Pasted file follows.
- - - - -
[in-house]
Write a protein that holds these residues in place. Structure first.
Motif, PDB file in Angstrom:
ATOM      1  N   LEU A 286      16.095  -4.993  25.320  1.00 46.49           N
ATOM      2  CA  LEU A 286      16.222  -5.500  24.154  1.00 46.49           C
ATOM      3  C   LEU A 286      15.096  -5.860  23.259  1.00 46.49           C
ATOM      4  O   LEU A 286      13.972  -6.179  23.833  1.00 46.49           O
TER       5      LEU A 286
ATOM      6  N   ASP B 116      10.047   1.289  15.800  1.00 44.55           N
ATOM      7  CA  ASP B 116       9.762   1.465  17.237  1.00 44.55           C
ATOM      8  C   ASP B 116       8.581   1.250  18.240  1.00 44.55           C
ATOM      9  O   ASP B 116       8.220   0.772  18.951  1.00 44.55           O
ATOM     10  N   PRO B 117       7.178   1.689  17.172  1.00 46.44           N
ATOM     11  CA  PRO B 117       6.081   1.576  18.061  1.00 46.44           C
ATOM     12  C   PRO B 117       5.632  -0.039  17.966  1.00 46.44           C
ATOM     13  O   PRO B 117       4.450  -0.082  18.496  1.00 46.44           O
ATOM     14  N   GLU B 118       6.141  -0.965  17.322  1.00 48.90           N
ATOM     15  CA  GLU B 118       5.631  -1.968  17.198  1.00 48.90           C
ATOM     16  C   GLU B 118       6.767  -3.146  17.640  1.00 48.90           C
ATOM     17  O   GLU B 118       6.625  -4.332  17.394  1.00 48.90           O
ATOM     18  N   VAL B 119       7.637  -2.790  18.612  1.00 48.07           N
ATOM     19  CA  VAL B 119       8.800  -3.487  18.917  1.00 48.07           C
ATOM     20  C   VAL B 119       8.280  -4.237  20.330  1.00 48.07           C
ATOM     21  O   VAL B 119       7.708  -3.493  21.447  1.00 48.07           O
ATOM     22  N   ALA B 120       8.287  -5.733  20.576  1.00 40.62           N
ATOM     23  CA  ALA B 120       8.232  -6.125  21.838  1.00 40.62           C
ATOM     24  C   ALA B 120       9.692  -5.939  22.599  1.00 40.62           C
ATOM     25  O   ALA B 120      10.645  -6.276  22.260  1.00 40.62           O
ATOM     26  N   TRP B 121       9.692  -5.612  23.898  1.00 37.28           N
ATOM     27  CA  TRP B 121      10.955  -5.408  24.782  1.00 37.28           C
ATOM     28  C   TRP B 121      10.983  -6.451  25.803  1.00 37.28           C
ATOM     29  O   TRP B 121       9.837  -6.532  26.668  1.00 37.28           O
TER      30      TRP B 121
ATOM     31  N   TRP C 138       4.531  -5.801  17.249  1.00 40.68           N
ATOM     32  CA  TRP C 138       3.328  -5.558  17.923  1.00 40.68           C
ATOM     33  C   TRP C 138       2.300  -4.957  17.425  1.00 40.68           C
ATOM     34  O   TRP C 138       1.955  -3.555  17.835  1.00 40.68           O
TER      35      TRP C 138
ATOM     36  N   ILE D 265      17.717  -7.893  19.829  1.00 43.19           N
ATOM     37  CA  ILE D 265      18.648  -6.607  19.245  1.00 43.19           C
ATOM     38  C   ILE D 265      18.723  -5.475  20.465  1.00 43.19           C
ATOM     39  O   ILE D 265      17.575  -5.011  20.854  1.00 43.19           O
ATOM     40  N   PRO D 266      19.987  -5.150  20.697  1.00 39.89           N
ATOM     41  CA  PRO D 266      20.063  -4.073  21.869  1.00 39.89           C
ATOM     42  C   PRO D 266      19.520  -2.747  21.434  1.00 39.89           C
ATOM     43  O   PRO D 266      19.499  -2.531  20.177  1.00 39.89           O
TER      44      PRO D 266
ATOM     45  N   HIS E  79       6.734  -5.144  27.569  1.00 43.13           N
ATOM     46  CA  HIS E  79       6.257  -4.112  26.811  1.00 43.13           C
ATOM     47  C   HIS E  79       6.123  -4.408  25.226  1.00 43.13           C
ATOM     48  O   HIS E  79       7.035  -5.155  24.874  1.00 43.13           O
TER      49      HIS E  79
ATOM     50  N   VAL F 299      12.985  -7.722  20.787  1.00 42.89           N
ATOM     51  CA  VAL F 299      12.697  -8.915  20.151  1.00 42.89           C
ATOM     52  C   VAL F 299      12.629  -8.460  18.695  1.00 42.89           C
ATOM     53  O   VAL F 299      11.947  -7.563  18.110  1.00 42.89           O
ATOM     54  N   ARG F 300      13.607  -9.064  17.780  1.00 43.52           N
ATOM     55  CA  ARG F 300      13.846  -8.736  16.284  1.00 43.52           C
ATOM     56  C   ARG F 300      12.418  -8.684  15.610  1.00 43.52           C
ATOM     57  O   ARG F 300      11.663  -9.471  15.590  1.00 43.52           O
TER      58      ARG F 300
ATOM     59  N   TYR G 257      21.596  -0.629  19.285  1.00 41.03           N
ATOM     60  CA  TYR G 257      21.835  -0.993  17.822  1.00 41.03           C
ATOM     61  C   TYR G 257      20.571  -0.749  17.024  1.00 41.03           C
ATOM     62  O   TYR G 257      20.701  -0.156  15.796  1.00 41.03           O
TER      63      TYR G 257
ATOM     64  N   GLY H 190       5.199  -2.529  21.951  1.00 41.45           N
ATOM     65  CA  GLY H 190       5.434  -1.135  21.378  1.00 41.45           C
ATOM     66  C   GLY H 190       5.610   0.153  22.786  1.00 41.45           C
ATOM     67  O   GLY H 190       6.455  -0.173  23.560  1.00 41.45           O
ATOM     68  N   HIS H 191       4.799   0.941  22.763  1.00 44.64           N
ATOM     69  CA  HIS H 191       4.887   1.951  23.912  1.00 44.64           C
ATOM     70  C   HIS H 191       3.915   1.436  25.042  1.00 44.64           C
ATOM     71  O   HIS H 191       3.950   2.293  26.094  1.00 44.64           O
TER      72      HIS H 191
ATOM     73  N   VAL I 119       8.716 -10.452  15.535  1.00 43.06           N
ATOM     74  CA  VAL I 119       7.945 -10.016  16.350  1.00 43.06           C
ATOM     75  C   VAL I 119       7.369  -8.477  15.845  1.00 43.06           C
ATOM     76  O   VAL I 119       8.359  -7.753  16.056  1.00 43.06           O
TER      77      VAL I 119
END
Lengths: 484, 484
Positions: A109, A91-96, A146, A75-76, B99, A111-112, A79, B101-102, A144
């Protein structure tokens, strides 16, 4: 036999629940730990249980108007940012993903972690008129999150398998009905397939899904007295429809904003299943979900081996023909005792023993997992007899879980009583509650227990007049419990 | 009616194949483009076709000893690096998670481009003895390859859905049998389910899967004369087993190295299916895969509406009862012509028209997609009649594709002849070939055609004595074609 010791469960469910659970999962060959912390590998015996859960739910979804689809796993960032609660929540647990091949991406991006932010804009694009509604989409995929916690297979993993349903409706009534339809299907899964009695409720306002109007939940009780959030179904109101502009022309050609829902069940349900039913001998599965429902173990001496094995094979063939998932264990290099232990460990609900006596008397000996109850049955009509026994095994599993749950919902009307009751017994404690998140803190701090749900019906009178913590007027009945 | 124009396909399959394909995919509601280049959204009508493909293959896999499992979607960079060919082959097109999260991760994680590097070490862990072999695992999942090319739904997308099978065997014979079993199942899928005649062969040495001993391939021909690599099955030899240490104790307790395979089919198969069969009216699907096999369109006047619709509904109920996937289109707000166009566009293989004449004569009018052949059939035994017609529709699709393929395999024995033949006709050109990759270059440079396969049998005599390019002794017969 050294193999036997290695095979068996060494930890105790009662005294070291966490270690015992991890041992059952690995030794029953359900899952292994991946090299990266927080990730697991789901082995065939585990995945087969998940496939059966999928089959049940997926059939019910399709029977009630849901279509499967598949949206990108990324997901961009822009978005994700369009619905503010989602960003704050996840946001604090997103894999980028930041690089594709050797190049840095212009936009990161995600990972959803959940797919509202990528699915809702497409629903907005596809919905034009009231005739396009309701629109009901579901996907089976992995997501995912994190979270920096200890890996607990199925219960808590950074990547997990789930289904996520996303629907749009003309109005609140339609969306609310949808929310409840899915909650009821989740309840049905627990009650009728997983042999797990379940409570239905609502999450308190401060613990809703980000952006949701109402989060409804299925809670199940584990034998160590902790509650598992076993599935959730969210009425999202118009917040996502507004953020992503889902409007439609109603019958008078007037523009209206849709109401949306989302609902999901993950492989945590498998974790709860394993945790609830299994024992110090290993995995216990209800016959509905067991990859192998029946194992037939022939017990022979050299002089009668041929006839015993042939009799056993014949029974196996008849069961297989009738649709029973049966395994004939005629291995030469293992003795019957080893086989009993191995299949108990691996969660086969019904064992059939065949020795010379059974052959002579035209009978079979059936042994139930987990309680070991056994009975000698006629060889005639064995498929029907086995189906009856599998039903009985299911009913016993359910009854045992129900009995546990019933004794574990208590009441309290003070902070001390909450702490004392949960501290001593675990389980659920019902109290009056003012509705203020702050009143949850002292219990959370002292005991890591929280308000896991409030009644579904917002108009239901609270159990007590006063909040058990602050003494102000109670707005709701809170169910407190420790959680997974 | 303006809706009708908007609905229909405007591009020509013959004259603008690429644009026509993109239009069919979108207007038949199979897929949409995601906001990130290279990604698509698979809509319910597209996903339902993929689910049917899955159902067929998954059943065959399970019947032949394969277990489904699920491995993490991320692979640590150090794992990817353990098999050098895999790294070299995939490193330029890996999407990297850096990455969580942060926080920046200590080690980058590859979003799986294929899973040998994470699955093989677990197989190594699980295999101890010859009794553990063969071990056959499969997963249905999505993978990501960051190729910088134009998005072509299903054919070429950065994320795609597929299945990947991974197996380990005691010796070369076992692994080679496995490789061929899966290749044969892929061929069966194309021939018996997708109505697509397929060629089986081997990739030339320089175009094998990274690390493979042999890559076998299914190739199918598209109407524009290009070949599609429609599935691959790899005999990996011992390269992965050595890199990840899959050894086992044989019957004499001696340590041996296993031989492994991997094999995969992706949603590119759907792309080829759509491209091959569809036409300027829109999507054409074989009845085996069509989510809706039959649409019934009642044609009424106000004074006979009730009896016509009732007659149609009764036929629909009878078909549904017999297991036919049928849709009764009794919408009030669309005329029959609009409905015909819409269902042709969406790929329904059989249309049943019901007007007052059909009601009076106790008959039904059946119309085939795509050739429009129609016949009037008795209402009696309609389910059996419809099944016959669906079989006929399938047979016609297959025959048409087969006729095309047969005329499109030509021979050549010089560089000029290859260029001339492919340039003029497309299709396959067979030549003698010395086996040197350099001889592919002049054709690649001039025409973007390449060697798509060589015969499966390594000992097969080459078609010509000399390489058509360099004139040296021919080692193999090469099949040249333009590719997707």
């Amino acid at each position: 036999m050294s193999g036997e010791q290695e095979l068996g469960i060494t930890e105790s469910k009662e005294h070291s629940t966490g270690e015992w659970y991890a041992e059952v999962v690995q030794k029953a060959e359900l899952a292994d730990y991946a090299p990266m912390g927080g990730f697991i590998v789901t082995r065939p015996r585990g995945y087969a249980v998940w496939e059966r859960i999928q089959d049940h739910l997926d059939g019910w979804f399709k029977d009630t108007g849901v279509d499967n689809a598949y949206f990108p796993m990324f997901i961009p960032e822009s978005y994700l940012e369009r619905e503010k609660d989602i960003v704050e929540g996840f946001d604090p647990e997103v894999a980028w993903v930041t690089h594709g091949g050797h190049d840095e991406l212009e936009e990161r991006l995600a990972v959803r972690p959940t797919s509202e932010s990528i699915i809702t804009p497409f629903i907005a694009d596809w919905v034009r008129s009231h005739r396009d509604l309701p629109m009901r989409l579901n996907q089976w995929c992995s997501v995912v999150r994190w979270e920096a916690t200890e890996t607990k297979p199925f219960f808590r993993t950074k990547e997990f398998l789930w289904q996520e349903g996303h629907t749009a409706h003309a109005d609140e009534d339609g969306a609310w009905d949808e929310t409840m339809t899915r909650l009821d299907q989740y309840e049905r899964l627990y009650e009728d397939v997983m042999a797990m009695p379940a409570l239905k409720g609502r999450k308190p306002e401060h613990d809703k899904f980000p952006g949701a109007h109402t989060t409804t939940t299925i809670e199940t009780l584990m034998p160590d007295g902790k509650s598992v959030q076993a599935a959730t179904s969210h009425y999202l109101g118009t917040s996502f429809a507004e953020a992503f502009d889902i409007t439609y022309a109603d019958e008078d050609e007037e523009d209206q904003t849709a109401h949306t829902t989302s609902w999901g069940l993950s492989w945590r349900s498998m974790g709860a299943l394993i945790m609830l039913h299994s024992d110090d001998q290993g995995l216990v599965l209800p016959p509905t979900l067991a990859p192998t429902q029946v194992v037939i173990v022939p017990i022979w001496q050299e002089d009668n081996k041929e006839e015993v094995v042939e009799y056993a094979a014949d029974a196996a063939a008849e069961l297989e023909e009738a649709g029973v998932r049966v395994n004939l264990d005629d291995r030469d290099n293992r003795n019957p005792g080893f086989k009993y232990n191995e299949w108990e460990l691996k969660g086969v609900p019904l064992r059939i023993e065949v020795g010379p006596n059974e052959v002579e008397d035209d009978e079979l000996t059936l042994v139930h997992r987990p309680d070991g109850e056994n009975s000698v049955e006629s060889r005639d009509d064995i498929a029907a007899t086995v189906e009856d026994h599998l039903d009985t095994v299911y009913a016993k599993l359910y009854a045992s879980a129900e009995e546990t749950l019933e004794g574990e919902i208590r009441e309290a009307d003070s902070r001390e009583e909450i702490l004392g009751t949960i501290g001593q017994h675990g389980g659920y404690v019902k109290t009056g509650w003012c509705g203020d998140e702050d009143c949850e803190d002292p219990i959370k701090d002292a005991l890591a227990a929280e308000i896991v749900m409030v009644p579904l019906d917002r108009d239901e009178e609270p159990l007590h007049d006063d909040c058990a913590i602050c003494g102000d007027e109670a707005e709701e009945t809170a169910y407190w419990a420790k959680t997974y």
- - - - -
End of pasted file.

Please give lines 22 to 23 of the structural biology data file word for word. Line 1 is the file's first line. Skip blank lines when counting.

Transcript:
ATOM     19  CA  VAL B 119       8.800  -3.487  18.917  1.00 48.07           C
ATOM     20  C   VAL B 119       8.280  -4.237  20.330  1.00 48.07           C